Recently I ran across a story on the Associated Press telling of a man who bilked 13 couples out of thousands of dollars in an adoption-oriented Ponzi scheme. Apparently, the man promised couples from New York, Georgia, Ohio, Texas and Florida that he could arrange adoptions. In reality, the babies never existed.
In twenty years in ministry and working with people across the nation, I can honestly say I have ran across more shady characters in the world of adoption than in any other realm that I have worked in. Recently, I was approached by an out of state attorney who was trying to place a baby. While on the phone with one of his associates, I googled his name to discover that only weeks earlier, he had been arrested for ordering a hit on his wife. The explanation I got was less than confidence inspiring: “It’s complicated…he was arrested but he really hasn’t been charged yet.”
If you’re considering adoption, there are a few things you need to keep in mind.
Ask for references.
If you’re going to adopt through an agency, you’re going to divulge a lot of personal information. Most of that is state-mandated. There is no other way to make sure you are who you say you are. Likewise, you need to keep in mind that anyone can get a brochure printed. Ask to speak with references who have worked with them on adoption or the name of a state inspector who you could call to confirm that they are operating within compliance of all state laws. If they can’t provide these, cover your wallet and run for the door.
Ask where the fees go.
Adoptions can cost between a few thousand and $40,000. It is not out of line for you to ask ‘how much of this goes to provide counseling for the birth mother?’ or ‘what exactly am I paying for. This is not for the faint of heart….it can be a very awkward discussion, but only if the price is exorbitant and the bulk of it is going to salaries. For the record, I understand that people need to be paid fairly for their work. I also know there is a fine line between a good salary and legalized trafficking.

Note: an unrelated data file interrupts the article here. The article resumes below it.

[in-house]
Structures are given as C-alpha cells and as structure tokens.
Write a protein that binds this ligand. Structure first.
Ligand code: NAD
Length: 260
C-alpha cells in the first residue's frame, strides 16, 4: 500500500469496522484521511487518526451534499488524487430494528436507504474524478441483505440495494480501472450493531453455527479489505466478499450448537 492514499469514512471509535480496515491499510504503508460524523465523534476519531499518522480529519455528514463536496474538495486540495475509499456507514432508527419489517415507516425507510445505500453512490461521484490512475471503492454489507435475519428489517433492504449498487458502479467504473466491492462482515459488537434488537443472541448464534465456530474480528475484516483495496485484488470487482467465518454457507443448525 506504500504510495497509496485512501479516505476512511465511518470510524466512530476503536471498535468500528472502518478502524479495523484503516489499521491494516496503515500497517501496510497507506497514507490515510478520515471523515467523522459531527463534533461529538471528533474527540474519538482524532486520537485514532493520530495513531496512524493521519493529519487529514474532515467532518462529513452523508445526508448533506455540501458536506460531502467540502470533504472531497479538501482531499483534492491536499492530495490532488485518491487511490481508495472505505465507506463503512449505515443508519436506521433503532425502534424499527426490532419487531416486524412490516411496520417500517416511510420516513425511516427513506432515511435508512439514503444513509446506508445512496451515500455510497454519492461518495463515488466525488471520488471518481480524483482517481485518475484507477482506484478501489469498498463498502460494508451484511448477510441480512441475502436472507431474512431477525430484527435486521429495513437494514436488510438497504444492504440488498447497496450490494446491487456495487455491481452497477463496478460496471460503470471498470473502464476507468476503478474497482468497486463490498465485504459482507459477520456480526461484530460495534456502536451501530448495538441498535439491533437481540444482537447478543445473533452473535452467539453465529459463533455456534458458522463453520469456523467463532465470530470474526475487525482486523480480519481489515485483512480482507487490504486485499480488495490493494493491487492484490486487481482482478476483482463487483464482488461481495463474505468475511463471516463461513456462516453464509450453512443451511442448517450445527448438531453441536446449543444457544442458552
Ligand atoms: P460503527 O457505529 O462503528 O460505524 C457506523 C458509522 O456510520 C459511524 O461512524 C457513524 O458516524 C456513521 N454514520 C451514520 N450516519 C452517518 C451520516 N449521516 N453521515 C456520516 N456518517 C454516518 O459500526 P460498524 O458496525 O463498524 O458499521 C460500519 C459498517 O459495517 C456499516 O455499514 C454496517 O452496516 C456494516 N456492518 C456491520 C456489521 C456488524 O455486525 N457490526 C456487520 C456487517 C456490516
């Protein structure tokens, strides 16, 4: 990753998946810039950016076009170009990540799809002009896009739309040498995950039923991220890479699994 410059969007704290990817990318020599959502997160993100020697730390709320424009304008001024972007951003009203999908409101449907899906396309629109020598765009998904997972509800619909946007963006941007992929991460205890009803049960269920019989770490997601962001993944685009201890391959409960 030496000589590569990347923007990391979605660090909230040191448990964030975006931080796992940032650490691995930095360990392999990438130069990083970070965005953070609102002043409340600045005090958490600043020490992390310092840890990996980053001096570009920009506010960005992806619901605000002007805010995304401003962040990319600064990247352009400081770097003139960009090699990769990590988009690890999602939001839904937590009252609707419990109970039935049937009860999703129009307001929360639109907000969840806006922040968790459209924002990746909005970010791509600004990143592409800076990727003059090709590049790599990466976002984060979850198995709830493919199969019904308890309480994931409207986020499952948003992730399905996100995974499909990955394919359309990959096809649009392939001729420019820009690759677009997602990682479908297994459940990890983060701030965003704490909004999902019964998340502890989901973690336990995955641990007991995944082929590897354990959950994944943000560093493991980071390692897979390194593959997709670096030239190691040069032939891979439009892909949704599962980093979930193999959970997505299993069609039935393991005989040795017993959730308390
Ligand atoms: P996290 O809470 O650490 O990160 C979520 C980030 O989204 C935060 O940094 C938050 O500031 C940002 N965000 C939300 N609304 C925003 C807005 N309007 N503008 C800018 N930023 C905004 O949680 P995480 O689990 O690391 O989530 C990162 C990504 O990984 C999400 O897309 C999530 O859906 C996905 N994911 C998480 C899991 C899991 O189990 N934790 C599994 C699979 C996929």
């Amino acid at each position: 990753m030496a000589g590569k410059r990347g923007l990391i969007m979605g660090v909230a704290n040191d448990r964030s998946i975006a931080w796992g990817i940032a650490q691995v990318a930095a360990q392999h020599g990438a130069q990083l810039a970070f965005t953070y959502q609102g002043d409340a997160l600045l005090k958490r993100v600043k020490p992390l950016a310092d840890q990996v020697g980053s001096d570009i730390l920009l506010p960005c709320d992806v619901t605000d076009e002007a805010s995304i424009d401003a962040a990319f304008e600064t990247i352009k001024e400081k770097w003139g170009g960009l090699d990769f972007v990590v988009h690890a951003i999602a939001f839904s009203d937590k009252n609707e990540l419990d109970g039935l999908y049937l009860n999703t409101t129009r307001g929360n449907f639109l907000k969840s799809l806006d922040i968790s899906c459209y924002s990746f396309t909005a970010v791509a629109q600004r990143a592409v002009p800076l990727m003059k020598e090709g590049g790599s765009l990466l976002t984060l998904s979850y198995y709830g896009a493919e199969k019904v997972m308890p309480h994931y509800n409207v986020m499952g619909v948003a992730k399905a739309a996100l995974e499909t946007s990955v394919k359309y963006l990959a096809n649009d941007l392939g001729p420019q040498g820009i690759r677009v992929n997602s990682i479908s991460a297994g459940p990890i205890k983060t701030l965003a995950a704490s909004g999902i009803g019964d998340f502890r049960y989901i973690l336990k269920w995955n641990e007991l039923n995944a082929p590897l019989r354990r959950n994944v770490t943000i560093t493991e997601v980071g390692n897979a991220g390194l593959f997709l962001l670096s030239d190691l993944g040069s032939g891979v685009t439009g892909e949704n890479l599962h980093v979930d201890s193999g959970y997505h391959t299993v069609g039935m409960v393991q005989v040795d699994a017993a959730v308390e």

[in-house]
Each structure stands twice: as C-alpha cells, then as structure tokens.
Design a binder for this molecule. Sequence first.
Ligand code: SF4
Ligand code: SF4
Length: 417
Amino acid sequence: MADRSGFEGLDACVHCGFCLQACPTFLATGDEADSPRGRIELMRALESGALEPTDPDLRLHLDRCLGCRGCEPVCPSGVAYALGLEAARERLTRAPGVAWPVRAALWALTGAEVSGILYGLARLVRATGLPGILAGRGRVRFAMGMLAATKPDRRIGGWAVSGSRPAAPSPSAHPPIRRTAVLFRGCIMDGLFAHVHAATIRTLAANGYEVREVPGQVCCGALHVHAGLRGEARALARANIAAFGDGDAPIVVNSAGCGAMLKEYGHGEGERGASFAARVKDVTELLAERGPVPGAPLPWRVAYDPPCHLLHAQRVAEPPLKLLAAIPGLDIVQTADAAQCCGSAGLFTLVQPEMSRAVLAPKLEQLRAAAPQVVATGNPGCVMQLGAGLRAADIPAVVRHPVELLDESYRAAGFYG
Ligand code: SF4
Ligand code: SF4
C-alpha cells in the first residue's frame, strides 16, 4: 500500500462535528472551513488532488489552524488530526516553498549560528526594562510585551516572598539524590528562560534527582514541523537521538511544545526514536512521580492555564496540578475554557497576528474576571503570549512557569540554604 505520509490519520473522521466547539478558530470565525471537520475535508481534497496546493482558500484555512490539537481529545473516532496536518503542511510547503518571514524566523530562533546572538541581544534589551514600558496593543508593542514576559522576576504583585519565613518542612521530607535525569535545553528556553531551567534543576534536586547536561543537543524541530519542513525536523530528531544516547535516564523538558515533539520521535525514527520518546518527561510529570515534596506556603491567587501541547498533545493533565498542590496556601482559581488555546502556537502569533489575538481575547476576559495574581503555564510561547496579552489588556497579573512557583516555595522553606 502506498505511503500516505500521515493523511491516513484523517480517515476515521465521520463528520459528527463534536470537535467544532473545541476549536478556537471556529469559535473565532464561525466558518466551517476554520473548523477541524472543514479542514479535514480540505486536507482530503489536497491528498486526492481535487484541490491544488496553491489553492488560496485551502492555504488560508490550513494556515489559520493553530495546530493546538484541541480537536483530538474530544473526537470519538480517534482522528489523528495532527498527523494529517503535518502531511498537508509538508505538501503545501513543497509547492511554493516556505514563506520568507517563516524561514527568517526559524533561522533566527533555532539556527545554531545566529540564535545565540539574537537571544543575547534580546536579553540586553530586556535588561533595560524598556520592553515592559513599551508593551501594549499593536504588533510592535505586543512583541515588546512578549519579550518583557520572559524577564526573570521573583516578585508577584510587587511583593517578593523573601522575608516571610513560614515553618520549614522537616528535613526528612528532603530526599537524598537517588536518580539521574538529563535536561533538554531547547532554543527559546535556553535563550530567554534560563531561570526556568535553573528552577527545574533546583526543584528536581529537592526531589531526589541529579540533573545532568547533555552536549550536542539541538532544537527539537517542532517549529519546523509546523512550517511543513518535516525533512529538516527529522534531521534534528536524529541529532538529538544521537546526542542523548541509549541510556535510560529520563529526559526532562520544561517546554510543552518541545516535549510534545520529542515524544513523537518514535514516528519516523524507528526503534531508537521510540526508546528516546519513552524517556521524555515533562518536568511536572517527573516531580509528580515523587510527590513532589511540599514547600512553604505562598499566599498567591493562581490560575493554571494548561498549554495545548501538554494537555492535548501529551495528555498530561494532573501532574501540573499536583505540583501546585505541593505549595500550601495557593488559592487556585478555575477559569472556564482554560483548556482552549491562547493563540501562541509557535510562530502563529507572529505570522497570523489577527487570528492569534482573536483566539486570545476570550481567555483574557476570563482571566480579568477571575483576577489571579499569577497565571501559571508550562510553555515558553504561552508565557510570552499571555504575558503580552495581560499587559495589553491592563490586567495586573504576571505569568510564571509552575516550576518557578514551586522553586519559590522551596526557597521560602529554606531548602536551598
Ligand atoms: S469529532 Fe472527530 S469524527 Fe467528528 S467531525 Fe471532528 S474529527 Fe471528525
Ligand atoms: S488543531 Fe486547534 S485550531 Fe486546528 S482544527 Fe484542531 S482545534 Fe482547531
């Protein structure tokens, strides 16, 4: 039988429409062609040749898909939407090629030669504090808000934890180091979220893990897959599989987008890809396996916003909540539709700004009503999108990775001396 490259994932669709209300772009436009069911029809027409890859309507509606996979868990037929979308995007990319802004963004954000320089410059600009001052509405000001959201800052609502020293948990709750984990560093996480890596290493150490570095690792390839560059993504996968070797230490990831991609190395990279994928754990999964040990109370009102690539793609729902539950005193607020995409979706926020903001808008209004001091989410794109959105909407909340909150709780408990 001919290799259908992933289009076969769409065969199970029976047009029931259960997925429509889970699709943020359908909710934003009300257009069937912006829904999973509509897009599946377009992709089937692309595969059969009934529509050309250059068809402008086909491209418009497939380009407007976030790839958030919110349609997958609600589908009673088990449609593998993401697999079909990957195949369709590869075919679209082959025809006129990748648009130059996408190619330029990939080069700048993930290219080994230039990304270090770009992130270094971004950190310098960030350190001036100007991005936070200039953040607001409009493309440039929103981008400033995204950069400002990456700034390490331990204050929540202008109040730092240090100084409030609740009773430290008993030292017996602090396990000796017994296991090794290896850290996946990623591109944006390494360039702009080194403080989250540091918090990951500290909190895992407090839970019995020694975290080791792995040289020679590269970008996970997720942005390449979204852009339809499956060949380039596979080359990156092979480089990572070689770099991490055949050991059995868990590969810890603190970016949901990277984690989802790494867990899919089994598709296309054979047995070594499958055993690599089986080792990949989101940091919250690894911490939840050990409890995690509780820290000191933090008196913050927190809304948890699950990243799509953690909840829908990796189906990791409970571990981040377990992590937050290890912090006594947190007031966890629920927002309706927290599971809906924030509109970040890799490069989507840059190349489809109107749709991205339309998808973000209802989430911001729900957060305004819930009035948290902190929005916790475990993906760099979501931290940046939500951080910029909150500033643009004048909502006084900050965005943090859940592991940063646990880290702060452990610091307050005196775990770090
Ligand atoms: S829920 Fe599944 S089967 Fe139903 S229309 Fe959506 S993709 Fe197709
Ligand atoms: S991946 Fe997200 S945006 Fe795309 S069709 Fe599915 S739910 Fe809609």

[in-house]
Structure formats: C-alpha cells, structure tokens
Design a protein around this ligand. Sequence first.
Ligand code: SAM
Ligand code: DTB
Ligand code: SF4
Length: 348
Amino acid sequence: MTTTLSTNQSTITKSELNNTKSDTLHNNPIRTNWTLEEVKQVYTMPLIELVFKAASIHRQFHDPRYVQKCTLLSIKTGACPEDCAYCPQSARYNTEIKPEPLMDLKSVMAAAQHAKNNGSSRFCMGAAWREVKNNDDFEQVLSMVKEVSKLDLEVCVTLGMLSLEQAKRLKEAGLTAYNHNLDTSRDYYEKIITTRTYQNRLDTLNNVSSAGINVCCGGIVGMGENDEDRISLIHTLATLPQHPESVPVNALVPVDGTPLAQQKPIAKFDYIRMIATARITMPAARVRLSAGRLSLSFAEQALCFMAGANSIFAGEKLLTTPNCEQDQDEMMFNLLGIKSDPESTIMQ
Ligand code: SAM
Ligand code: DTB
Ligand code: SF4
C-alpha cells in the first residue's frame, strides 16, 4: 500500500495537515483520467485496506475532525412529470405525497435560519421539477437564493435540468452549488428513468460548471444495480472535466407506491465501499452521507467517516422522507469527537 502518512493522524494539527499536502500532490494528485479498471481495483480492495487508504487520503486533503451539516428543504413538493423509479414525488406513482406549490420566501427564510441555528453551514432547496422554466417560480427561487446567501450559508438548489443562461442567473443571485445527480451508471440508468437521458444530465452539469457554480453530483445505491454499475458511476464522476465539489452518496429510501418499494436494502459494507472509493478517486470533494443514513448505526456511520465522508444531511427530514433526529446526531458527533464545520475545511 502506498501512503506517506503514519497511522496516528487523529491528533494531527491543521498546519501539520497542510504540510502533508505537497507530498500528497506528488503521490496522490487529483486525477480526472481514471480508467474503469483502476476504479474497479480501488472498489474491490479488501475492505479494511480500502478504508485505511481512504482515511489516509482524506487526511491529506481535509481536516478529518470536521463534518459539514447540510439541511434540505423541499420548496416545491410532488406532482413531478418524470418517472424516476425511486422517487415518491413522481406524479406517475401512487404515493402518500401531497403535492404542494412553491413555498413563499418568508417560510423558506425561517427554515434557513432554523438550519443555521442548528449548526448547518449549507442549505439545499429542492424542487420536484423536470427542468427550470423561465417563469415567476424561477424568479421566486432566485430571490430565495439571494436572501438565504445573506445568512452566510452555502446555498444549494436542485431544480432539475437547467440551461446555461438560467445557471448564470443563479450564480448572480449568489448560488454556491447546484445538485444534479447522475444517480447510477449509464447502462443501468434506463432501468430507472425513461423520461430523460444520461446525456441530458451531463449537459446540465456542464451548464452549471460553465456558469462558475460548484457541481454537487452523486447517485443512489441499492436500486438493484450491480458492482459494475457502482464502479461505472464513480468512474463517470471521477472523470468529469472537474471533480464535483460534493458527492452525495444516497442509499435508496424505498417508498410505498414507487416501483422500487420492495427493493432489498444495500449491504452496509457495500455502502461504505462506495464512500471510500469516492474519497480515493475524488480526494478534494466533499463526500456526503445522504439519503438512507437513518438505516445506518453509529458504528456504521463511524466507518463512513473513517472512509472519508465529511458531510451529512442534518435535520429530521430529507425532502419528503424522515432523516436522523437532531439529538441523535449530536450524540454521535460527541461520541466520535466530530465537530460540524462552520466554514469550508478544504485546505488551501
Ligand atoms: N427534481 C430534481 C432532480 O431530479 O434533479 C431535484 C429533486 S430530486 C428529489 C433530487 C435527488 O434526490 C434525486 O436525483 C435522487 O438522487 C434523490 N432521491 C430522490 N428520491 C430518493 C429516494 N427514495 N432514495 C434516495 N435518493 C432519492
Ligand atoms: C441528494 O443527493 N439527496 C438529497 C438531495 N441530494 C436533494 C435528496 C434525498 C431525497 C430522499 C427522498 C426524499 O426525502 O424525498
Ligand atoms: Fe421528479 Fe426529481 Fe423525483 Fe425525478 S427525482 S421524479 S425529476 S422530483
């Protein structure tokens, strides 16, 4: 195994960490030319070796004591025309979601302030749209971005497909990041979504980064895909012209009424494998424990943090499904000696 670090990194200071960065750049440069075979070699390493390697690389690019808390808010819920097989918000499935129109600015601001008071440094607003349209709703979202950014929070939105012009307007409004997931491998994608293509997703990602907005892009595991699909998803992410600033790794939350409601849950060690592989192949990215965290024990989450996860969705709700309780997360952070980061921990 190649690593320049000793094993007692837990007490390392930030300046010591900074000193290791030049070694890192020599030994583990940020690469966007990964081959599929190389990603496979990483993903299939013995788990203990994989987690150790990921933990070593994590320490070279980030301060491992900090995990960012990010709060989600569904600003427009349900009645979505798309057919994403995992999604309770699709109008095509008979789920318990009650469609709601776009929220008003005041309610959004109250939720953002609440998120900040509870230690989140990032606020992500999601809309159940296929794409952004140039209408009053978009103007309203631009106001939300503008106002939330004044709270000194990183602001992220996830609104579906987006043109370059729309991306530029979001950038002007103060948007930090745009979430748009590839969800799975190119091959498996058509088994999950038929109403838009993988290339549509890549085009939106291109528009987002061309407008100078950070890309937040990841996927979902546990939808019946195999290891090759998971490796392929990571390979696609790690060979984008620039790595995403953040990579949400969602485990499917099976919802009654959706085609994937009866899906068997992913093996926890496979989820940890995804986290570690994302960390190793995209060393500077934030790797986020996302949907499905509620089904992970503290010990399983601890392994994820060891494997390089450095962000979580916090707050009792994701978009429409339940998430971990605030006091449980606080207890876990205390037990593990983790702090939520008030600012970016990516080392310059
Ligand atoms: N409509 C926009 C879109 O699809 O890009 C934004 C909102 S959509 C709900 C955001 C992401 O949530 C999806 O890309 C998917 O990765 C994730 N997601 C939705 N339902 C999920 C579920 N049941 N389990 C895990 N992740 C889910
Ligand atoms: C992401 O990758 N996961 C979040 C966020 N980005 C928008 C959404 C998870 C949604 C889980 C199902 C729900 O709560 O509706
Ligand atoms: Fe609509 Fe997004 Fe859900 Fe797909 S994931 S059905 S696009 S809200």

Ask what happens after the adoption.
In some cases, you go home with a baby and fumble through finalization with your own attorney. In other cases, the agency helps you walk it out. It can work either way, but it’s good to know what to expect. In our first adoption, we hired a lawyer once we got home and finalized some months later. With our second, we finalized over the phone with an attorney in Florida. Again, there are several right ways to do this, but if the agency can’t tell you what the plan is up front (once you’re matched with a baby), find another agency.
Go with your gut.
Some times we get into arrangements with people who we have no reason to distrust…yet we have that unexplainable question in our minds. In the Christian world, this is called discernment. If you are not comfortable with the person you are working with, back out of the arrangement before it gets more awkward. If they have your best interests at heart, they will support your decision.
Understand that there are wonderful, Godly people in the adoption world that are happy to help you. In fact, most of the individuals who work in this realm are in it for good reasons. They can serve you well….just don’t let your emotions get ahead of common sense in choosing an agency.
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